Over 25 per cent of cardiovascular events or heart attacks in Barbados lead to death. This is way above the global figure of five per cent.
Minister of State in the Ministry of Health and Wellness with responsibility for the Queen Elizabeth Hospital (QEH) and non-communicable diseases (NCDs), Dr. Sonia Browne, said the hospital was working to bring the national mortality rate down to the global average.
She was speaking during a donation of items to the QEH by the Barbados Canada Foundation, valued at $144,677.88. The Foundation presented the hospital with Pri-Med Level 3 ASTM Masks – 2,304 boxes containing 1,152,000 face masks, five electrocardiogram (ECG) machines, and five ECG carts.
ECGs are used in the Accident and Emergency Department and on the hospital wards to assess “what is happening immediately in terms of a person’s heart rhythm and heart pace”. The equipment will aid in the National Cardiology Programme.
Dr. Browne explained that the Ambulance Service had benefitted from training and equipment. She pointed out the aim was to educate the public on the process they should follow if they or someone they know are experiencing a cardiac episode.
“That is one of the plans we have so that you know what symptoms to look for, who to call, and to trust the system when you do call. The ambulance service will get to you and get to the hospital on time where you can seek the treatment. So, this is what we’re looking at now, and in the future, looking to decrease the mortality of patients having heart attacks.
“But that also leads on to my pet, which is the non-communicable diseases (NCDs). We all know that Barbados is a bit out of control with respect to the NCDs. We can’t blame everything on COVID, but COVID precipitated a lot of the increase in the incidence of NCDs here. So, with the advent of increase in diabetes mellitus, as well as hypertension, the risk of heart attacks and strokes, obviously, have increased over the last two years, but has been increasing steadily before then. There are players on board; the researchers on board with the Chronic Disease Research Centre (CDRC), where we can get the data that we need to effect change,” she stated.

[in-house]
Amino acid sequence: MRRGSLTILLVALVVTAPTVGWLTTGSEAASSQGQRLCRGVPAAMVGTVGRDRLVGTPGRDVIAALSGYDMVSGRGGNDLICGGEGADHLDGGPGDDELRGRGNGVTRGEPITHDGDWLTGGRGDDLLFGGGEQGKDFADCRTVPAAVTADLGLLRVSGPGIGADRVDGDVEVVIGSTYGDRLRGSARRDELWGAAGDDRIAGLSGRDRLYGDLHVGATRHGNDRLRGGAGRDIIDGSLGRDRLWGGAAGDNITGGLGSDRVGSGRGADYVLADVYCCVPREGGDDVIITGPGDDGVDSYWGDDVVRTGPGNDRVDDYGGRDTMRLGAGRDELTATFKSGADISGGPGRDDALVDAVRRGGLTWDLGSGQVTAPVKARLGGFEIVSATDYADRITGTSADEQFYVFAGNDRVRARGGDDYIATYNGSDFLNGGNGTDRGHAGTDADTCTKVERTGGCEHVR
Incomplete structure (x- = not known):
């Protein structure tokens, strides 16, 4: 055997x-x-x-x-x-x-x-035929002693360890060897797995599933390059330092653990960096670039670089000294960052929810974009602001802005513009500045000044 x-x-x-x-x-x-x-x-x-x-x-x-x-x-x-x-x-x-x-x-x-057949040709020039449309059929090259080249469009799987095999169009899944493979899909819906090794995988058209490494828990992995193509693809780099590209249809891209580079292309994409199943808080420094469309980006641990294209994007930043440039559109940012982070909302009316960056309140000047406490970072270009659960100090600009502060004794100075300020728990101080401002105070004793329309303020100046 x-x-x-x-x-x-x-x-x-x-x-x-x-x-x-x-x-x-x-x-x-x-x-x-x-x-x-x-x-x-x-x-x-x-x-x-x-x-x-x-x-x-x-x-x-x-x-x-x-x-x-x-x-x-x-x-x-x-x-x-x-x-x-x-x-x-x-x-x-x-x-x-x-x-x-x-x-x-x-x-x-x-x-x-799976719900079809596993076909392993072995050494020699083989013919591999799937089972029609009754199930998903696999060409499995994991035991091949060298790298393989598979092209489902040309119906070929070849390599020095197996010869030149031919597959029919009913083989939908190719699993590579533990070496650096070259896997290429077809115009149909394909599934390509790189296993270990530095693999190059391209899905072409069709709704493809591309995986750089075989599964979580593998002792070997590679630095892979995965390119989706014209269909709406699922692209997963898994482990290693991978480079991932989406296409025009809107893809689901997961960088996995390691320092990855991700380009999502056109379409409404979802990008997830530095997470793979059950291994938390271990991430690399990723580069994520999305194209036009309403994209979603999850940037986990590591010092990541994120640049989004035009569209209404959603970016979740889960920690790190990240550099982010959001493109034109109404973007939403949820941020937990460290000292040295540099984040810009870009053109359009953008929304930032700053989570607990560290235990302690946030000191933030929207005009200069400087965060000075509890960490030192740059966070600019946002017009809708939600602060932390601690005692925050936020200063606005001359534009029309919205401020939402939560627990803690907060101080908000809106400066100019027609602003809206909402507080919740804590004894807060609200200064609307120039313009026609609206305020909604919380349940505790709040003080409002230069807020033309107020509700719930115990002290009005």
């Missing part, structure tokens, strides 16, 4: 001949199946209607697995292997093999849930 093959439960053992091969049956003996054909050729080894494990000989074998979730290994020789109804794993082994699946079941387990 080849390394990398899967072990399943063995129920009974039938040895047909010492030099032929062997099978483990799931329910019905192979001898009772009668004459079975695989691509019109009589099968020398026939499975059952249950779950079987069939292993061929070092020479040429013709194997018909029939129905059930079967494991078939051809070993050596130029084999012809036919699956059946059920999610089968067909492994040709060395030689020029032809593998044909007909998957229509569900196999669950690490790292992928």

The Minister of State thanked the Barbados Canada Foundation for their generous donation, noting that she looked forward to more “philanthropic efforts” from the diaspora.
Director of Engineering Services at the QEH, Paula Agbowu, said the hospital was looking at doing a five-year recapitalisation project, where the equipment requirements of the QEH would be assessed.
“[This will be] based on the equipment needs that we currently have and the new equipment that we would like to purchase. We are looking in the region of $110 million over the next five years. What we need to do is to have consistent and constant injection of monies into our capital works programme, so we can continue to keep this entity functioning and as modern and equipped as we possibly can,” she said, adding that she encouraged entities like the Barbados Canada Foundation to donate to the hospital to help with its recapitalisation programme.
Vice Chairman of the Barbados Canada Foundation, Sylvester Hunte, implored Barbadians in the diaspora to either work with the Foundation or contribute whatever they could to assist the QEH.
“We could really make a significant impact on the hospital’s ability to look after the health care needs of our friends and relatives who live on this island and of ourselves when we travel because my wife and I are here in Barbados. If we have a health care event, guests will be lined up right here at the QEH.
“So, it’s not like we’re giving away money to some unknown entity; we’re helping ourselves. I feel very strongly about giving back. I think it’s important to do so because none of us, whatever station we reach in life, we didn’t do it on our own. It’s through collective effort,” he emphasised.